1085
     1086<div class="BibEntry">
     1087
     1088<table class="EntryTable" style="position: relative; left: 5%; width: 90%; border:thin solid black; border-spacing:10px;">
     1089
     1090<li>
     1091
     1092
     1093<tr>
     1094     <td valign="top">Author</td>
     1095     <td valign="top">Calyam, P. and Sridharan, M. and Xu, Yingxiao and Zhu, Kunpeng and Berryman, A. and Patali, R. and Venkataraman, A.</td>
     1096</tr>
     1097
     1098<tr>
     1099     <td valign="top">Title</td>
     1100     <td valign="top">Enabling performance intelligence for application adaptation in the Future Internet</td>
     1101</tr>
     1102
     1103<tr>
     1104     <td valign="top">Journal</td>
     1105     <td valign="top">Communications and Networks, Journal of</td>
     1106</tr>
     1107
     1108<tr>
     1109     <td valign="top">Year</td>
     1110     <td valign="top">2011</td>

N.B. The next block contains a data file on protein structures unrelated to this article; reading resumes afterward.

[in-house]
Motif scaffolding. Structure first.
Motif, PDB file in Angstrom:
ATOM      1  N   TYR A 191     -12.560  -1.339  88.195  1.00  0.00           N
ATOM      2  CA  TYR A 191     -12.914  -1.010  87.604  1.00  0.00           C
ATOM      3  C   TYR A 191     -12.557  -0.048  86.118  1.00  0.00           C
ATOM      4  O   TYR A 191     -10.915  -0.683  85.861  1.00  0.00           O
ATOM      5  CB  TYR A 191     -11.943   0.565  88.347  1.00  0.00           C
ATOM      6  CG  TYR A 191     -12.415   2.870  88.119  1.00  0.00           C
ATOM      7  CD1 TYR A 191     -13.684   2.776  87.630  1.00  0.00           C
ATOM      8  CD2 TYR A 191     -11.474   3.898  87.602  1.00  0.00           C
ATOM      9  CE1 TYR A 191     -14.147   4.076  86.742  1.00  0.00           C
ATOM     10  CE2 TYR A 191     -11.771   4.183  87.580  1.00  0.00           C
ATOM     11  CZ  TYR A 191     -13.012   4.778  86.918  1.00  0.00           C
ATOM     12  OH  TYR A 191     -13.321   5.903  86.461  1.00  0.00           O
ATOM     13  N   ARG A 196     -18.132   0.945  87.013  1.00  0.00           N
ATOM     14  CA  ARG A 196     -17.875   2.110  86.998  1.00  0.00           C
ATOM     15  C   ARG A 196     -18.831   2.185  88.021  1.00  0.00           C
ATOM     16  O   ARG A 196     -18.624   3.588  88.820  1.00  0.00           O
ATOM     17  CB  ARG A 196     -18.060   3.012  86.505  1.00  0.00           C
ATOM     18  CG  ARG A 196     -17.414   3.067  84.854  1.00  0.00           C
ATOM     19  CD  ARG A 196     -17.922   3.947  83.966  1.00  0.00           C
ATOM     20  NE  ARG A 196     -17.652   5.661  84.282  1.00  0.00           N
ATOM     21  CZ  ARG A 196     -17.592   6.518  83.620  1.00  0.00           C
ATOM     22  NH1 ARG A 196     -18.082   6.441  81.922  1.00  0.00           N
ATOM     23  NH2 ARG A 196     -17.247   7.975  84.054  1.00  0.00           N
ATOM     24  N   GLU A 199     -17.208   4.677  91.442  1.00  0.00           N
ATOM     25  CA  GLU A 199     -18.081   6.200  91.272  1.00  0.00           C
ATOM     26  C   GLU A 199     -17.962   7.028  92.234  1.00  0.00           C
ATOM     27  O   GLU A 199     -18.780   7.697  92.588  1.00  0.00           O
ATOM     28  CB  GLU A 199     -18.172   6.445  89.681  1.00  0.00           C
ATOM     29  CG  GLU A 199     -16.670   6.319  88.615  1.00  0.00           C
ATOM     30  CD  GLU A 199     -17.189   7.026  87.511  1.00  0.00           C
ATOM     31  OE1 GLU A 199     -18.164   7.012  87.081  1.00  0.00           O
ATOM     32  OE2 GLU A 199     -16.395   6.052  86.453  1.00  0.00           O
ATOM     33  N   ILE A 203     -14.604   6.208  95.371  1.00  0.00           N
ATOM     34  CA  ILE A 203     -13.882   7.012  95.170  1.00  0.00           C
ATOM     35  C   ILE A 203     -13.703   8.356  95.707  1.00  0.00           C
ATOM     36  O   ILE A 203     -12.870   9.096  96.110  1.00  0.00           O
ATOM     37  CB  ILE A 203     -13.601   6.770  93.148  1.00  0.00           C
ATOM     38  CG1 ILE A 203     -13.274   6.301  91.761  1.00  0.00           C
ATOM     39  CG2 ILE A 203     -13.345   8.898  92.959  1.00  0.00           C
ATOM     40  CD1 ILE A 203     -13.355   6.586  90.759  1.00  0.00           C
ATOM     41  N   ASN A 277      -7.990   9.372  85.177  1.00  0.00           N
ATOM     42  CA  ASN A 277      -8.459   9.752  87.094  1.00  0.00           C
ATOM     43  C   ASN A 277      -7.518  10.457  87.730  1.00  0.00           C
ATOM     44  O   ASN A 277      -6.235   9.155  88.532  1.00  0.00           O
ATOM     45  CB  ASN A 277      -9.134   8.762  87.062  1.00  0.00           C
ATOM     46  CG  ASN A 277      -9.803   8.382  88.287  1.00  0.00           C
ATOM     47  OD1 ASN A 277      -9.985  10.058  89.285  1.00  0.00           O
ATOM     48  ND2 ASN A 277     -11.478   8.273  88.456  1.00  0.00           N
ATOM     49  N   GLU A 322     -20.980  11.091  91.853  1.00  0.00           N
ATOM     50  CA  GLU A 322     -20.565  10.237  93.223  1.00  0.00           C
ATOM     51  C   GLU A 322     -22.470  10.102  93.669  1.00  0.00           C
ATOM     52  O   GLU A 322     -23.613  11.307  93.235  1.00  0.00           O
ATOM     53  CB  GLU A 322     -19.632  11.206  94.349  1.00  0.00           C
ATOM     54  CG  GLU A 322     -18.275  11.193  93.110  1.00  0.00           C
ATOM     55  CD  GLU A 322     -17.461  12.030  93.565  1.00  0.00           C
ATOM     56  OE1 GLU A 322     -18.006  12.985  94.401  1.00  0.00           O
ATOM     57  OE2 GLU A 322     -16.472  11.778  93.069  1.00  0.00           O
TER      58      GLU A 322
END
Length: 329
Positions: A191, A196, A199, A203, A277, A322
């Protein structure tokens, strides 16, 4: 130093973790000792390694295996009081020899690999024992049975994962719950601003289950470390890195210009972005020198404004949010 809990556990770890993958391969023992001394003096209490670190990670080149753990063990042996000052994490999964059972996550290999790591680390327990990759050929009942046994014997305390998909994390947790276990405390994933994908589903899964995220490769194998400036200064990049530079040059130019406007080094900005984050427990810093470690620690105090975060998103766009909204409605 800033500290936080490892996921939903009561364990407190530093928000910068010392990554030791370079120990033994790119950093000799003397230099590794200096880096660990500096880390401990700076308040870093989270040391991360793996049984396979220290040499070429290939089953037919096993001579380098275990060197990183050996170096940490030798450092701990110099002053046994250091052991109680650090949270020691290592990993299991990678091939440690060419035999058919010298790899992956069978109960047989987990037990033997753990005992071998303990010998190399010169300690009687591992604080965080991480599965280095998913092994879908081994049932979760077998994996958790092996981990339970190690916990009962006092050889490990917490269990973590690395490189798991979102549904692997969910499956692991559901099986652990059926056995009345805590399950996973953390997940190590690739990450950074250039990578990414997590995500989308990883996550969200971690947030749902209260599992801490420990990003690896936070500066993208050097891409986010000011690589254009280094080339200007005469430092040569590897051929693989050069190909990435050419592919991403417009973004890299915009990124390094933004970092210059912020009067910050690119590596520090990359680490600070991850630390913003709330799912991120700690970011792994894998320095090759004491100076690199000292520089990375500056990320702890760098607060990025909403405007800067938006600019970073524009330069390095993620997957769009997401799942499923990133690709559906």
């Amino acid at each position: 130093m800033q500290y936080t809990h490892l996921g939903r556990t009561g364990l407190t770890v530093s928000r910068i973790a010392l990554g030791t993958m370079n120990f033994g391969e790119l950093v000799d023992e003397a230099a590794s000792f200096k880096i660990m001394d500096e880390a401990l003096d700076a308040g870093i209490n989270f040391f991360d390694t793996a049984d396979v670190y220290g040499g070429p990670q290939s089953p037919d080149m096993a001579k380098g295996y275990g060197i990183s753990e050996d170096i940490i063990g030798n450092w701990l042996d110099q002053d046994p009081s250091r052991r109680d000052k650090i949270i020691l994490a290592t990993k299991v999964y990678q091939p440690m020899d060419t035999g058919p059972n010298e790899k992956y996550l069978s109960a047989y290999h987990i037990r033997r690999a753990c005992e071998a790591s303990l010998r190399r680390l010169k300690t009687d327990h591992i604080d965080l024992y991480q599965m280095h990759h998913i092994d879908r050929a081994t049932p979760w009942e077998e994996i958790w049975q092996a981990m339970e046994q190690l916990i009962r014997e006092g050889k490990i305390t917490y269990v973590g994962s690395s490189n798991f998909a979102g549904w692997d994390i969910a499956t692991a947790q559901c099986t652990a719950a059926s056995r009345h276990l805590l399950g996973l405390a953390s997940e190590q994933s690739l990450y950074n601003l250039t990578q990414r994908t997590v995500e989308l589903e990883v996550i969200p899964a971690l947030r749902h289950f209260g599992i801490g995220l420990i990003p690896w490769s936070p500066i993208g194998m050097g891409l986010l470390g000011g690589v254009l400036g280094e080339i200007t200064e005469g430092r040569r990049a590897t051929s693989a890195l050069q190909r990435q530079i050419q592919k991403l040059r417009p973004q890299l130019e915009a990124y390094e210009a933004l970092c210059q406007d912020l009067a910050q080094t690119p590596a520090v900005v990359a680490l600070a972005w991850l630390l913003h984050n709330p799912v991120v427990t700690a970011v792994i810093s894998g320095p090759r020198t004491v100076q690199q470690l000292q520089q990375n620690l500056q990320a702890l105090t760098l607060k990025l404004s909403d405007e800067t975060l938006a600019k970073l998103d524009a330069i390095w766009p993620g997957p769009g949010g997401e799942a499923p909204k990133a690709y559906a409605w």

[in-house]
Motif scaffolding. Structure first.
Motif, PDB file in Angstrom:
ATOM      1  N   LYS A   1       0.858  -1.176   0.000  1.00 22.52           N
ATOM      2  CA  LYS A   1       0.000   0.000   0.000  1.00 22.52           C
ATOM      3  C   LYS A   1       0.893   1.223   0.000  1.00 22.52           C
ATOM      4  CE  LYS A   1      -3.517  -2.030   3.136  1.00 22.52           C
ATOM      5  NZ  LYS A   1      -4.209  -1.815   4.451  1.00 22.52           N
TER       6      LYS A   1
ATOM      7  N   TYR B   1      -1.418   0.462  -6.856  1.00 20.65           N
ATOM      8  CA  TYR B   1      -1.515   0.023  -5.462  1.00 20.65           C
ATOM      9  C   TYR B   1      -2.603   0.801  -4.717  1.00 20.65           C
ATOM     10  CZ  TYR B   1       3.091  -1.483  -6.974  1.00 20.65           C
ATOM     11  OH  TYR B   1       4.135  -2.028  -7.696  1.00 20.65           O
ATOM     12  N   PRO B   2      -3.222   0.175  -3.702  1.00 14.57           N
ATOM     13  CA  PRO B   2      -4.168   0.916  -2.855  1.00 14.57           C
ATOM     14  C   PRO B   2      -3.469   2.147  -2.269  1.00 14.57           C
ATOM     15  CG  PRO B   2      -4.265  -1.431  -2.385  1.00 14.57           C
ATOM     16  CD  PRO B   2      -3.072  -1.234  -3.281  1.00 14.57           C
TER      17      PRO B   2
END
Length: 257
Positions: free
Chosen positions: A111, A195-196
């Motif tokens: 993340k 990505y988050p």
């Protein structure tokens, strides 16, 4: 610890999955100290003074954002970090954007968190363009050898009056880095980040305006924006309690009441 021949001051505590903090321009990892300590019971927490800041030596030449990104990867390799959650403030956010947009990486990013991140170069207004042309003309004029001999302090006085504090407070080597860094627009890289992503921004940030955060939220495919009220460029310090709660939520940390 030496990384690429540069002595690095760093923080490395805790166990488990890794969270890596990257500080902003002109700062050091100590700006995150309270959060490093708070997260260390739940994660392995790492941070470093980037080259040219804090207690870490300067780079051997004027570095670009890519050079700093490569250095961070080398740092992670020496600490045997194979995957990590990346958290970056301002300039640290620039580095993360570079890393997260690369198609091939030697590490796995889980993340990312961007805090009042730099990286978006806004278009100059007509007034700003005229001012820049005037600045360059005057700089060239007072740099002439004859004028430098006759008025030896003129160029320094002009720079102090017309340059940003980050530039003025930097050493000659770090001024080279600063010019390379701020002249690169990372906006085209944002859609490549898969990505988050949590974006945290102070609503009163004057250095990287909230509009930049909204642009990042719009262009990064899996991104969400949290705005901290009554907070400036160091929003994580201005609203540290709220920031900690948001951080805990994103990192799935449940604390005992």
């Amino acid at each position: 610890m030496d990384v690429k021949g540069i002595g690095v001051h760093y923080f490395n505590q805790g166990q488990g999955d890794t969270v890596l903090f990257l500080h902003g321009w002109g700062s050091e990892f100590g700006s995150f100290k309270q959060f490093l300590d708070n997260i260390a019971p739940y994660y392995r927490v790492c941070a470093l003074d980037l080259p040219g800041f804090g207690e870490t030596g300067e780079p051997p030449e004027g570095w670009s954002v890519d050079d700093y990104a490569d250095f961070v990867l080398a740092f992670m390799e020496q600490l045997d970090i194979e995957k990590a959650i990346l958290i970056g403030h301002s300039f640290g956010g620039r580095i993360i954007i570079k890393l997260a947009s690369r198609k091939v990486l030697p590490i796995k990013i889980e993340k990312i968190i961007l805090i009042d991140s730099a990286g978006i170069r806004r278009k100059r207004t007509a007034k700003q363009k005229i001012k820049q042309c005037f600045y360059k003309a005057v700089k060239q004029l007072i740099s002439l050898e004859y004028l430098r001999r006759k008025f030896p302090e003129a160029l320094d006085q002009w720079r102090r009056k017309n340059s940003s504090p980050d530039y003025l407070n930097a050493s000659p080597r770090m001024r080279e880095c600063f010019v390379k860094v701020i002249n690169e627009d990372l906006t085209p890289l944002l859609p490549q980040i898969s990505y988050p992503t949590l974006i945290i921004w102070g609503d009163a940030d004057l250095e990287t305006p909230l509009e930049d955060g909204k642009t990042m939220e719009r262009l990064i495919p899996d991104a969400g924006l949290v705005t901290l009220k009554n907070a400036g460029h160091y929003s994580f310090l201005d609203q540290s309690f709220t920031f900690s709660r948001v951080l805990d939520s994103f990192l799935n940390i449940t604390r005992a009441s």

1111</tr>
     1112
     1113
     1114
     1115<tr>
     1116     <td valign="top">DOI</td>
     1117     <td valign="top">10.1109/JCN.2011.6157475</td>
     1118</tr>
     1119
     1120
     1121
     1122<tr>
     1123     <td valign="top">URL</td>
     1124     <td valign="top"><a href="http://dx.doi.org/10.1109/JCN.2011.6157475">http://dx.doi.org/10.1109/JCN.2011.6157475</a></td>
     1125</tr>
     1126
     1127
     1128</li>
     1129
     1130</table></div><br><br>
     1131
     1132
     1133
     1134
     1135<a class="EntryGoto" id="Calyam, Prasad and Venkataraman, Aishwarya and Berryman, Alex and Faerman, Marcio"></a>
     1136<b class="myheading" style="position: relative; left: 5%;">Calyam, Prasad and Venkataraman, Aishwarya and Berryman, Alex and Faerman, Marcio</b>
     1137
     1138<div class="BibEntry">
     1139
     1140<table class="EntryTable" style="position: relative; left: 5%; width: 90%; border:thin solid black; border-spacing:10px;">
     1141
     1142<li>
     1143
     1144
     1145<tr>
     1146     <td valign="top">Author</td>
     1147     <td valign="top">Calyam, Prasad and Venkataraman, Aishwarya and Berryman, Alex and Faerman, Marcio</td>
     1148</tr>
     1149
     1150<tr>
     1151     <td valign="top">Title</td>
     1152     <td valign="top">Experiences from Virtual Desktop CloudExperiments in GENI</td>